Uncle Gary Wright


My father was born in Nowendoc and my mother at Redfern. We moved to Aberdeen in 1956 for work at the Aberdeen meatworks. We’ve been in Aberdeen ever since.

I went to school in Aberdeen, there was only about five or six Aboriginals. Me, my two brothers and the three Griffith boys, were the only Aboriginals in the class. They used to call us niggers. We were the only Aboriginals in town at the time you know, and they thought that we were lower than them and we weren’t you know, we were just as good.

I worked at the Liddell Power Station for 7 years as a cleaner and trades assistant. I got a few qualifications and then I went to work at the Bayswater coaly, which now is Mount Arthur. I was there for 2 years.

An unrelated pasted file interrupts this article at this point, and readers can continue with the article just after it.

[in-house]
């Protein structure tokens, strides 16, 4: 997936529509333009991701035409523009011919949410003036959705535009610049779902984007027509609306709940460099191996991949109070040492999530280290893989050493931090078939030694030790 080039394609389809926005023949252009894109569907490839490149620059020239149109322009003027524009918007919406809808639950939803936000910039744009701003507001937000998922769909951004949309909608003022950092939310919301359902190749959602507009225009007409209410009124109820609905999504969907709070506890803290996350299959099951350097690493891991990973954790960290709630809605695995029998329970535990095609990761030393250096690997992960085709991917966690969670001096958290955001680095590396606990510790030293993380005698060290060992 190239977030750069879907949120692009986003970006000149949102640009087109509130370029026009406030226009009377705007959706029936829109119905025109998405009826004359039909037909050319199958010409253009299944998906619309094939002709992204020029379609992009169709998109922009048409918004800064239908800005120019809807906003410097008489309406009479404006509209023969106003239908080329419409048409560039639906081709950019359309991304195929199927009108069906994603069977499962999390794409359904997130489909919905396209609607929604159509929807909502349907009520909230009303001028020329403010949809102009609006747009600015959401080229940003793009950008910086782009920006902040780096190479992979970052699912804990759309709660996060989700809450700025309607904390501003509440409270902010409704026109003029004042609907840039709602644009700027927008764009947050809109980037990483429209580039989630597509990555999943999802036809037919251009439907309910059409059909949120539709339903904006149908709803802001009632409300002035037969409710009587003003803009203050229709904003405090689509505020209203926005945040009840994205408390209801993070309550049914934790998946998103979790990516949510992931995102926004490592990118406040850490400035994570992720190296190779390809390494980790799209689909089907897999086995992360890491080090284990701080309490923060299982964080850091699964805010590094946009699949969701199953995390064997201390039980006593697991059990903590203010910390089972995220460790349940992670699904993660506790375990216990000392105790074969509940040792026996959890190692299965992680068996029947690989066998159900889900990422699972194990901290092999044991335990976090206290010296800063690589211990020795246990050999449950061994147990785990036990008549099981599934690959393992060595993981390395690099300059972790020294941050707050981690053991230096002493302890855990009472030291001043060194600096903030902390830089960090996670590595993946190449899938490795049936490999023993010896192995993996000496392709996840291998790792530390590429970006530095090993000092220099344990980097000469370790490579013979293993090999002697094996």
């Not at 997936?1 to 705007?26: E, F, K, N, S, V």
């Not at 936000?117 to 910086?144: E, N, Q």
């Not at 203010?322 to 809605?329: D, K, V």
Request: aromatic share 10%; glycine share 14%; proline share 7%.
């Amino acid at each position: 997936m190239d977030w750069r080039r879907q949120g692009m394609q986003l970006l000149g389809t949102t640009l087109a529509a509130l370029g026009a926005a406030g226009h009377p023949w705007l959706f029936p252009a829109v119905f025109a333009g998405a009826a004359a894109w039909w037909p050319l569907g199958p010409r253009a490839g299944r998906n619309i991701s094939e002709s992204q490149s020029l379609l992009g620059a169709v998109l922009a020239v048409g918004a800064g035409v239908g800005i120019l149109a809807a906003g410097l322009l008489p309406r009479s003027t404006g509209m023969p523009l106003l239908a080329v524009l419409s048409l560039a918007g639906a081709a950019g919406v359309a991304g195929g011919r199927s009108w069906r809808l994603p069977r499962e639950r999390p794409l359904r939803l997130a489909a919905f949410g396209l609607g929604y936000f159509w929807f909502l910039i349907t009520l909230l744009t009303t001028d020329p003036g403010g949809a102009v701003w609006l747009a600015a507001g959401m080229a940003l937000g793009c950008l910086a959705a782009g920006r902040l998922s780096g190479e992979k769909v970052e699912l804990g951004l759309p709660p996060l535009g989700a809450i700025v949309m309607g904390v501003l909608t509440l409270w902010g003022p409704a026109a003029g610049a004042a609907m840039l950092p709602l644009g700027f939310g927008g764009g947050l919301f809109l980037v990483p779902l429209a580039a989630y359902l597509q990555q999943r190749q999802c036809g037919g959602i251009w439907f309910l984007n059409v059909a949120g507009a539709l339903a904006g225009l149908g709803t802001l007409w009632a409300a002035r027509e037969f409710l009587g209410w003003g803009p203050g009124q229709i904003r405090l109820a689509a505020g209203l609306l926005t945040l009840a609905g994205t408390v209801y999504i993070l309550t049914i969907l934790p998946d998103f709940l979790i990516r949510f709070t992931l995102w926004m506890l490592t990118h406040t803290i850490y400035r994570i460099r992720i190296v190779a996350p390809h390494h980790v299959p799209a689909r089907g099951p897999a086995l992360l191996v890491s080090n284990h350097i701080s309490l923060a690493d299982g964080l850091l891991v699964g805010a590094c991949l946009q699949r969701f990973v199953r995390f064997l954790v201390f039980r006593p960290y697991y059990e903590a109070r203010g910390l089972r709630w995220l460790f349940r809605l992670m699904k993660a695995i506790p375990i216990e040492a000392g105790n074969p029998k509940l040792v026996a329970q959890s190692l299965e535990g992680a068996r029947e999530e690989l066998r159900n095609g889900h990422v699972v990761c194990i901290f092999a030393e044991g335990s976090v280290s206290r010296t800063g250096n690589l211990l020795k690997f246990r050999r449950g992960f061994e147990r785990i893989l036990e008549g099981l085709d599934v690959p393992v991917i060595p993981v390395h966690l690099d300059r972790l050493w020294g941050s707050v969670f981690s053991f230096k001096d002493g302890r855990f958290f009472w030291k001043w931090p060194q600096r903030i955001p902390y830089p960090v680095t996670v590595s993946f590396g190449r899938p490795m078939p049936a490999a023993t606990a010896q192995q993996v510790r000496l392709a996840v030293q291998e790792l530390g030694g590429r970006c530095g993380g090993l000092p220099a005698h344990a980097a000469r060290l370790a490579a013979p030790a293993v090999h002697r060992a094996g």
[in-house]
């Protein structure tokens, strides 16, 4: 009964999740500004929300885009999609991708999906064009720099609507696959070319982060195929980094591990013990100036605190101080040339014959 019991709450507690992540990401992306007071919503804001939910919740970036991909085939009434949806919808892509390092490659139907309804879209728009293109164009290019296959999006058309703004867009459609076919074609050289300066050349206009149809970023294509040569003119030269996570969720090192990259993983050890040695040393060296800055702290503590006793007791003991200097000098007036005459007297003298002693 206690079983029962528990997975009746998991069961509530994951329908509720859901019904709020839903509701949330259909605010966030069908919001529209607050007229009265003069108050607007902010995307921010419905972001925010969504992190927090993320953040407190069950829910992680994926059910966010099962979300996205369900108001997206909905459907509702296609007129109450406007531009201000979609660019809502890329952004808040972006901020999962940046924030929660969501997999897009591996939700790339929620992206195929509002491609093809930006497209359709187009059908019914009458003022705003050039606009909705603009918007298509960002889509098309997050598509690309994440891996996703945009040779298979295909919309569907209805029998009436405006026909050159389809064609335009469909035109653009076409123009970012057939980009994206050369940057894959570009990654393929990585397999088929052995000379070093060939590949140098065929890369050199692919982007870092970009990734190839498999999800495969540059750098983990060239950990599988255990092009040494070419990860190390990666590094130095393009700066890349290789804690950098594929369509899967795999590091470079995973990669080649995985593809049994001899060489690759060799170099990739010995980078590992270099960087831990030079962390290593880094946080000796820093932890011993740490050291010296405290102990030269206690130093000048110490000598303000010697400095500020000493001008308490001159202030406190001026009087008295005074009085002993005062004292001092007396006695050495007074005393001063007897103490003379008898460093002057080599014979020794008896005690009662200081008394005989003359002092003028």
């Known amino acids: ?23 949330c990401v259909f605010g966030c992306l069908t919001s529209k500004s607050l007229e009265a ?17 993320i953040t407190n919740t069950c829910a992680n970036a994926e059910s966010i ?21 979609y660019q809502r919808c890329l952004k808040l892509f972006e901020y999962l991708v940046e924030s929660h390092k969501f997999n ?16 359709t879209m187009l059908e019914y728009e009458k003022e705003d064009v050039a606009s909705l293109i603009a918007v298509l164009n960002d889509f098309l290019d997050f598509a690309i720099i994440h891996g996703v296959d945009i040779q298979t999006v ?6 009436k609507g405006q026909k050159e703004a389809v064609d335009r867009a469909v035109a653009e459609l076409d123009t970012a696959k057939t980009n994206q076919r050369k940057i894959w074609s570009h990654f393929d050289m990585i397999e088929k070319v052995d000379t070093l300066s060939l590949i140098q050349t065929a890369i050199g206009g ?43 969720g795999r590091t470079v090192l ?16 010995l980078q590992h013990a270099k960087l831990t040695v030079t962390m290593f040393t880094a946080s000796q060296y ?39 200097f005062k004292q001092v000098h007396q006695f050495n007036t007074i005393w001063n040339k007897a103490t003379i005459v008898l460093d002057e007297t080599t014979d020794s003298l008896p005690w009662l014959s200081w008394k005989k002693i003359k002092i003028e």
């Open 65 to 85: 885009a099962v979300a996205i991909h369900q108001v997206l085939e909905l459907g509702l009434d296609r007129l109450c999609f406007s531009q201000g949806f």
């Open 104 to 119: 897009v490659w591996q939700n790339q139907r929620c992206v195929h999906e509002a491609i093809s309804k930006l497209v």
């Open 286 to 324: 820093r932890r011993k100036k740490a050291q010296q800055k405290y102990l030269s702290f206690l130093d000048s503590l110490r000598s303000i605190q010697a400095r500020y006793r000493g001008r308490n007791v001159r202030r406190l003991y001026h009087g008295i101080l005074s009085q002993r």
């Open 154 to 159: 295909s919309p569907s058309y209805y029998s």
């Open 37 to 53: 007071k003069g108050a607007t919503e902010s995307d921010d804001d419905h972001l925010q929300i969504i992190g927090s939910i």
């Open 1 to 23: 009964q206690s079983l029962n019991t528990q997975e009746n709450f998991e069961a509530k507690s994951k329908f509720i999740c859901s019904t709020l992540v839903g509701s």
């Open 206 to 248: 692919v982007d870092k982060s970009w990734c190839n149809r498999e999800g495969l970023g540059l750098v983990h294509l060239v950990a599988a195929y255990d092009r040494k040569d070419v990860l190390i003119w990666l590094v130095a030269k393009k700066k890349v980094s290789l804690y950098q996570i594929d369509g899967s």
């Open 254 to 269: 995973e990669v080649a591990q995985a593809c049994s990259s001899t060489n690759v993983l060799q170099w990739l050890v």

After working with the Pillapai Aboriginal group, I started my own business with my mate Casey. We went up to Ellerston working, spraying, fencing and that. After we finished that up I started working in the community.

I worked for Father Chris Riley out at Kayuga. Father Chris Riley would send young boys out there, so we can look after them on 24-hour shifts. We would take the boys up to Barrington Tops, take them fishing or take them down to Newcastle, just to relax them and make a better person out of them.

We do Red Door, a soup kitchen, every Thursday in Muswellbrook, it’s great, I enjoy it!  It’s up the road up here. Our good friend Sheree Gray, the police officer, started it off about 4 years ago.

There are friends out there to be made you know, now the war is over. If people help you, you help them, it’s as simple as that.

“There are friends out there to be made.”